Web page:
In this installment of “Anatomy of a Deal,” we discuss an oilfield services company with a vision to build a more efficient platform by offering a wider breadth of services to customers.

The Background

The lessee is an oilfield services rollup that was recently founded by industry veterans. The company is focused on acquiring smaller, specialized service providers and packaging services together to approach the market with a more comprehensive, fully integrated suite of services.

The company’s founders had seen firsthand the inefficiencies in the fragmented oilfield services space and pursued a consolidation strategy with the aim of achieving greater economies of scale, removing competition, and gaining greater pricing leverage.

The company had already completed the roll up of several services businesses, retaining the key operational staff and management of each. The combined company now offers myriad services to onshore drillers, including: thru tubing and fishing equipment and services, torque and test and surface rentals, pressure control solutions, and plug and perforation services. Additionally, the management team’s strong network in the industry provided the company with customers and contracts for continued revenue expansion.

With expansion and new contracts came the need for new machinery and capital to purchase it. As discussed in the Atalaya Leasing Insights article entitled “The Drilldown”, however, capital from traditional bank sources is often constrained for oilfield services providers due to the commodity risk exposure and industry dynamics. Additionally, for this company specifically, there was not a long track record of performance for banks to take comfort in. As a result, the company looked elsewhere – to equipment leasing – to finance its expansion.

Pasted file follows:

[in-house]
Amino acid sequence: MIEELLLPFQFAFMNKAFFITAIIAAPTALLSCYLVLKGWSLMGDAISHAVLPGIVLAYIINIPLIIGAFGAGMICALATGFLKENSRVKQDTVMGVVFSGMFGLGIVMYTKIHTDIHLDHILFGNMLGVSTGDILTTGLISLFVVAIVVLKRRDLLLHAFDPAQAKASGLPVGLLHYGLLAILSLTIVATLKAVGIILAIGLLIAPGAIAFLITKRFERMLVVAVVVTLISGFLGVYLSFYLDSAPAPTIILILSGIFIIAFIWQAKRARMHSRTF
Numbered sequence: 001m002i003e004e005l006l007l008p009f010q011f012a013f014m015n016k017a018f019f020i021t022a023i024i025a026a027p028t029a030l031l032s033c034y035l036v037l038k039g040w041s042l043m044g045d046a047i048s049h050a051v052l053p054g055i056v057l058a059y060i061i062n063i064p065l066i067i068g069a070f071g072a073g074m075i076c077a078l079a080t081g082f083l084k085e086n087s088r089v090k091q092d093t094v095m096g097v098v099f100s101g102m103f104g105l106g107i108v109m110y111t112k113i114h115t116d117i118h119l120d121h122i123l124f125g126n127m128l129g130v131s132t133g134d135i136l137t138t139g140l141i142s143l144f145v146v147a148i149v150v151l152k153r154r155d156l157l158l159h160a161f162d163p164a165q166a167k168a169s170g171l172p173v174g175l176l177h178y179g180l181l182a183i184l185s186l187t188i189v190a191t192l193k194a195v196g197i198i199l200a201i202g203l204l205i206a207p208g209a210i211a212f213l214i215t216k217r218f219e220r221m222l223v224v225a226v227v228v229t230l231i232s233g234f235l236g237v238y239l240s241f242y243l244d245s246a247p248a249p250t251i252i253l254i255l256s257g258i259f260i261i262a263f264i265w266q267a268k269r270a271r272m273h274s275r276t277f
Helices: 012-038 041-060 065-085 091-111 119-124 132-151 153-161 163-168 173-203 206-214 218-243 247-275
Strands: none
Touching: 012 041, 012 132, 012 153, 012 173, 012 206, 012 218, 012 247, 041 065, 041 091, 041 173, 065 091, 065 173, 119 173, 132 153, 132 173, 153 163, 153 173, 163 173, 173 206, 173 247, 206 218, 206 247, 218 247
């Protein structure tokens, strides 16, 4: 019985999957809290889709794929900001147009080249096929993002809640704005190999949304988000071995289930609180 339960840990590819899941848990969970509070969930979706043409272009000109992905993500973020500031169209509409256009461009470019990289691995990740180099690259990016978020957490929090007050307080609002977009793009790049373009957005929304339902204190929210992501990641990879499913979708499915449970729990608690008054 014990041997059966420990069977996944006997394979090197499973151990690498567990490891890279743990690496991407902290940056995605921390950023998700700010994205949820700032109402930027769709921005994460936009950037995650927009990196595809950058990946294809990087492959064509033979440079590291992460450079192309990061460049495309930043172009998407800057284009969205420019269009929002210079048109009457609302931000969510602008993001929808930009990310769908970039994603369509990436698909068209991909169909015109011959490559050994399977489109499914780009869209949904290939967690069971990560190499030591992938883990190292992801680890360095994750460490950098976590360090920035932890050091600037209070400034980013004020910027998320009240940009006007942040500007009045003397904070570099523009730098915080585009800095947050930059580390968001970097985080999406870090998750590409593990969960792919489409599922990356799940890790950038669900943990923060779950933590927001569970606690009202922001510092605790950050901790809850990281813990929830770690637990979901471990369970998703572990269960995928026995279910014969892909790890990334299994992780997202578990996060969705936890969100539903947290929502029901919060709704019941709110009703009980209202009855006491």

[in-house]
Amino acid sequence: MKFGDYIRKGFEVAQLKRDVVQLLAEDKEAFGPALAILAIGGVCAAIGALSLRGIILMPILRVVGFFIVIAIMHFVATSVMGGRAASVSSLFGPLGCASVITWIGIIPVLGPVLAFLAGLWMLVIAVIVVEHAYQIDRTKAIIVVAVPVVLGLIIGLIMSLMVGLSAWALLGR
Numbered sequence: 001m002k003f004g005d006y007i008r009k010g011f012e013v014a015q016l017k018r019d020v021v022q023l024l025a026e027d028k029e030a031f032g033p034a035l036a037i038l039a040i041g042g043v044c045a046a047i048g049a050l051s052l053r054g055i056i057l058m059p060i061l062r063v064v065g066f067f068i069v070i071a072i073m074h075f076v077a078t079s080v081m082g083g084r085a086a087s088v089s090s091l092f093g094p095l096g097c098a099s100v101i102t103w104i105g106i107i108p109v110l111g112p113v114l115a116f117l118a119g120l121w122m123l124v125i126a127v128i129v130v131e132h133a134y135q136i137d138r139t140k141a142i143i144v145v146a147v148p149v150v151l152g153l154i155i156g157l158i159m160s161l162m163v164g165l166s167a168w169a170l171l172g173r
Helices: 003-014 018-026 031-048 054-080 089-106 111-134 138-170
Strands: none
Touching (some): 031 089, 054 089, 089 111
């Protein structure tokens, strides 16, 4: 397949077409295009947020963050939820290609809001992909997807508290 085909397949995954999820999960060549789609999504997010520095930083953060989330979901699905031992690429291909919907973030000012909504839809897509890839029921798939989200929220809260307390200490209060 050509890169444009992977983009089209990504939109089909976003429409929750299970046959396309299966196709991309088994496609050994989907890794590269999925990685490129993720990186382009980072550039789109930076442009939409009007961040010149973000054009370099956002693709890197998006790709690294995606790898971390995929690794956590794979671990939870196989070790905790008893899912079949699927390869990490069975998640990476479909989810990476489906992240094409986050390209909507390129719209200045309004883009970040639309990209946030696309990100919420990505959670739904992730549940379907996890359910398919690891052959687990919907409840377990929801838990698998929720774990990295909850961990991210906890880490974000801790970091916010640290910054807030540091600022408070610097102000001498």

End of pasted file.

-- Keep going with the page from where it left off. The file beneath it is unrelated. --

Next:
The Deal

Atalaya, with its own capital, was able to get comfortable with the platform and industry risks and provided a capital solution to enable the company to expand its service offerings and fulfill a large new contract.

Atalaya recognized the industry and execution risks with an early-stage business, but maintained confidence in the seasoned management team with decades of oilfield services experience, to successfully execute the strategy. Additionally – while the business was early-stage as a combined entity, because of existing contracts from the acquired businesses and new customer growth, the company was already strongly profitable.

Besides the strong management team, other factors mitigating transaction risk included: the company’s diversified portfolio of products (including counter-cyclical services that positioned the company well to withstand commodity volatility), the company’s alignment via upfront equipment investment alongside Atalaya, the machinery being revenue generating, and equity support.

Atalaya ultimately helped finance the purchase of new pump down machines, helping provide the company with crucial equipment to expand and operate their services.

This deal underscores Atalaya’s ability to execute on providing capital to earlier-stage businesses where traditional banking avenues may be more challenging to navigate. In this case, Atalaya’s capital enabled the growth of an exciting business that is modernizing an industry ripe for efficiency improvement.